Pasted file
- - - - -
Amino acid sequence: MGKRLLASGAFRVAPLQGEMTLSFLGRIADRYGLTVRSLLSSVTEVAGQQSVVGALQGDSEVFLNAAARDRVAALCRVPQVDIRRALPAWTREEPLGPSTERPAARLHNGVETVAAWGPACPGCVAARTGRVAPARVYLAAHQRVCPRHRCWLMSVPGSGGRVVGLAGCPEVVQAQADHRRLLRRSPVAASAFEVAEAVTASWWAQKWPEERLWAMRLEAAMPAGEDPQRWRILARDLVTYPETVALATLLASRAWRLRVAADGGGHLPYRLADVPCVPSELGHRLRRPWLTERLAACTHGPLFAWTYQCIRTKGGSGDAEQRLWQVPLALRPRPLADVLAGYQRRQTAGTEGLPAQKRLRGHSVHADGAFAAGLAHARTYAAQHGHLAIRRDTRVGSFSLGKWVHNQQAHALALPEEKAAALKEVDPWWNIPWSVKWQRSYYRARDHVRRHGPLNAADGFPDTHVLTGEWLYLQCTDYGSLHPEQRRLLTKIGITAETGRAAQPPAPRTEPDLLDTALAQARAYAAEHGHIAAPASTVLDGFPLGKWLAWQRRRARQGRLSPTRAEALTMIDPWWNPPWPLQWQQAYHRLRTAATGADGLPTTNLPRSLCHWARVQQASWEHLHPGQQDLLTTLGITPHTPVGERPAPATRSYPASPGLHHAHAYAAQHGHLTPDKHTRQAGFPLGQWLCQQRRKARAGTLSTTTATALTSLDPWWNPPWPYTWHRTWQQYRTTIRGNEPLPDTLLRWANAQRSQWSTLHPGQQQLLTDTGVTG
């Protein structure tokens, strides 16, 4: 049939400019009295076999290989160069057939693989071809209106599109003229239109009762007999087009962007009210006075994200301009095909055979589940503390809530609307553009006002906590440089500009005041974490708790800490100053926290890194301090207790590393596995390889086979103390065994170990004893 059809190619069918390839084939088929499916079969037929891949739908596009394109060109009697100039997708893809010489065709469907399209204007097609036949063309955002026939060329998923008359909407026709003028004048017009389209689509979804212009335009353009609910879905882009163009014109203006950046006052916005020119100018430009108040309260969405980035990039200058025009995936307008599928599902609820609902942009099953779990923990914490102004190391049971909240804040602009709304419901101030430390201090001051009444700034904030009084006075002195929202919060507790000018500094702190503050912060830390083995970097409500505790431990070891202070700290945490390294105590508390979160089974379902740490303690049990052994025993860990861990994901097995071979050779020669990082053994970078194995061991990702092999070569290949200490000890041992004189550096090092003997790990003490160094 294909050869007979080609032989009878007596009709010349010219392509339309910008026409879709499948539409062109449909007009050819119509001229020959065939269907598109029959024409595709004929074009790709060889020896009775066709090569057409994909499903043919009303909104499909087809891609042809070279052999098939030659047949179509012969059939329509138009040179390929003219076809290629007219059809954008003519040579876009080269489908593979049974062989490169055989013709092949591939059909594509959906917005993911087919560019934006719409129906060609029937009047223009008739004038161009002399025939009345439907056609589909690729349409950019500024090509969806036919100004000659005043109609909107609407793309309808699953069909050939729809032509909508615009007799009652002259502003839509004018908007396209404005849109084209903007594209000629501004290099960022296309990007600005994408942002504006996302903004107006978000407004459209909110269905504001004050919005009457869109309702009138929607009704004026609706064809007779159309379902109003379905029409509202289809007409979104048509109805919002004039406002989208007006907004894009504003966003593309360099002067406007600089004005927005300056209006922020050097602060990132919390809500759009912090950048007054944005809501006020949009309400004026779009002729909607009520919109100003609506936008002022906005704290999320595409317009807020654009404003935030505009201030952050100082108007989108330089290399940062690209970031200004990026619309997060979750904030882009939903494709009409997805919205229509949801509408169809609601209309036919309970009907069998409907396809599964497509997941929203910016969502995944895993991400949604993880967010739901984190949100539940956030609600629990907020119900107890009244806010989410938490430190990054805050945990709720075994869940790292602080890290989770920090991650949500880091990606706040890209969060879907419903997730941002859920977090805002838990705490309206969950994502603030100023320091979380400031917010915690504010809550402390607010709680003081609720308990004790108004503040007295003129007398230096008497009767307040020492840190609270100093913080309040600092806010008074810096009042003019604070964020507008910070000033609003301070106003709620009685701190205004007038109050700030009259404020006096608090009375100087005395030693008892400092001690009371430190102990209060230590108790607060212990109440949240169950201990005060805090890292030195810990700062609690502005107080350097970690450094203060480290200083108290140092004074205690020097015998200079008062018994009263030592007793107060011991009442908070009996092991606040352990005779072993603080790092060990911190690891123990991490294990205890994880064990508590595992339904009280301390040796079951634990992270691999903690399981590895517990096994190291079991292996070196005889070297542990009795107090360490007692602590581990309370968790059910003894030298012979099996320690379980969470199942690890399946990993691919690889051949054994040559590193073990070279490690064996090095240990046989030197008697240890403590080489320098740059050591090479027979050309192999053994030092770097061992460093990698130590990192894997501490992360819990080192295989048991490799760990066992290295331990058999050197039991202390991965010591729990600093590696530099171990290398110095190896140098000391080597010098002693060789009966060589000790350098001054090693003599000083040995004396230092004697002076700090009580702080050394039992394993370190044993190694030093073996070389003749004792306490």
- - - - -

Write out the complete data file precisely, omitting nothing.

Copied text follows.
Amino acid sequence: MGKRLLASGAFRVAPLQGEMTLSFLGRIADRYGLTVRSLLSSVTEVAGQQSVVGALQGDSEVFLNAAARDRVAALCRVPQVDIRRALPAWTREEPLGPSTERPAARLHNGVETVAAWGPACPGCVAARTGRVAPARVYLAAHQRVCPRHRCWLMSVPGSGGRVVGLAGCPEVVQAQADHRRLLRRSPVAASAFEVAEAVTASWWAQKWPEERLWAMRLEAAMPAGEDPQRWRILARDLVTYPETVALATLLASRAWRLRVAADGGGHLPYRLADVPCVPSELGHRLRRPWLTERLAACTHGPLFAWTYQCIRTKGGSGDAEQRLWQVPLALRPRPLADVLAGYQRRQTAGTEGLPAQKRLRGHSVHADGAFAAGLAHARTYAAQHGHLAIRRDTRVGSFSLGKWVHNQQAHALALPEEKAAALKEVDPWWNIPWSVKWQRSYYRARDHVRRHGPLNAADGFPDTHVLTGEWLYLQCTDYGSLHPEQRRLLTKIGITAETGRAAQPPAPRTEPDLLDTALAQARAYAAEHGHIAAPASTVLDGFPLGKWLAWQRRRARQGRLSPTRAEALTMIDPWWNPPWPLQWQQAYHRLRTAATGADGLPTTNLPRSLCHWARVQQASWEHLHPGQQDLLTTLGITPHTPVGERPAPATRSYPASPGLHHAHAYAAQHGHLTPDKHTRQAGFPLGQWLCQQRRKARAGTLSTTTATALTSLDPWWNPPWPYTWHRTWQQYRTTIRGNEPLPDTLLRWANAQRSQWSTLHPGQQQLLTDTGVTG
């Protein structure tokens, strides 16, 4: 049939400019009295076999290989160069057939693989071809209106599109003229239109009762007999087009962007009210006075994200301009095909055979589940503390809530609307553009006002906590440089500009005041974490708790800490100053926290890194301090207790590393596995390889086979103390065994170990004893 059809190619069918390839084939088929499916079969037929891949739908596009394109060109009697100039997708893809010489065709469907399209204007097609036949063309955002026939060329998923008359909407026709003028004048017009389209689509979804212009335009353009609910879905882009163009014109203006950046006052916005020119100018430009108040309260969405980035990039200058025009995936307008599928599902609820609902942009099953779990923990914490102004190391049971909240804040602009709304419901101030430390201090001051009444700034904030009084006075002195929202919060507790000018500094702190503050912060830390083995970097409500505790431990070891202070700290945490390294105590508390979160089974379902740490303690049990052994025993860990861990994901097995071979050779020669990082053994970078194995061991990702092999070569290949200490000890041992004189550096090092003997790990003490160094 294909050869007979080609032989009878007596009709010349010219392509339309910008026409879709499948539409062109449909007009050819119509001229020959065939269907598109029959024409595709004929074009790709060889020896009775066709090569057409994909499903043919009303909104499909087809891609042809070279052999098939030659047949179509012969059939329509138009040179390929003219076809290629007219059809954008003519040579876009080269489908593979049974062989490169055989013709092949591939059909594509959906917005993911087919560019934006719409129906060609029937009047223009008739004038161009002399025939009345439907056609589909690729349409950019500024090509969806036919100004000659005043109609909107609407793309309808699953069909050939729809032509909508615009007799009652002259502003839509004018908007396209404005849109084209903007594209000629501004290099960022296309990007600005994408942002504006996302903004107006978000407004459209909110269905504001004050919005009457869109309702009138929607009704004026609706064809007779159309379902109003379905029409509202289809007409979104048509109805919002004039406002989208007006907004894009504003966003593309360099002067406007600089004005927005300056209006922020050097602060990132919390809500759009912090950048007054944005809501006020949009309400004026779009002729909607009520919109100003609506936008002022906005704290999320595409317009807020654009404003935030505009201030952050100082108007989108330089290399940062690209970031200004990026619309997060979750904030882009939903494709009409997805919205229509949801509408169809609601209309036919309970009907069998409907396809599964497509997941929203910016969502995944895993991400949604993880967010739901984190949100539940956030609600629990907020119900107890009244806010989410938490430190990054805050945990709720075994869940790292602080890290989770920090991650949500880091990606706040890209969060879907419903997730941002859920977090805002838990705490309206969950994502603030100023320091979380400031917010915690504010809550402390607010709680003081609720308990004790108004503040007295003129007398230096008497009767307040020492840190609270100093913080309040600092806010008074810096009042003019604070964020507008910070000033609003301070106003709620009685701190205004007038109050700030009259404020006096608090009375100087005395030693008892400092001690009371430190102990209060230590108790607060212990109440949240169950201990005060805090890292030195810990700062609690502005107080350097970690450094203060480290200083108290140092004074205690020097015998200079008062018994009263030592007793107060011991009442908070009996092991606040352990005779072993603080790092060990911190690891123990991490294990205890994880064990508590595992339904009280301390040796079951634990992270691999903690399981590895517990096994190291079991292996070196005889070297542990009795107090360490007692602590581990309370968790059910003894030298012979099996320690379980969470199942690890399946990993691919690889051949054994040559590193073990070279490690064996090095240990046989030197008697240890403590080489320098740059050591090479027979050309192999053994030092770097061992460093990698130590990192894997501490992360819990080192295989048991490799760990066992290295331990058999050197039991202390991965010591729990600093590696530099171990290398110095190896140098000391080597010098002693060789009966060589000790350098001054090693003599000083040995004396230092004697002076700090009580702080050394039992394993370190044993190694030093073996070389003749004792306490």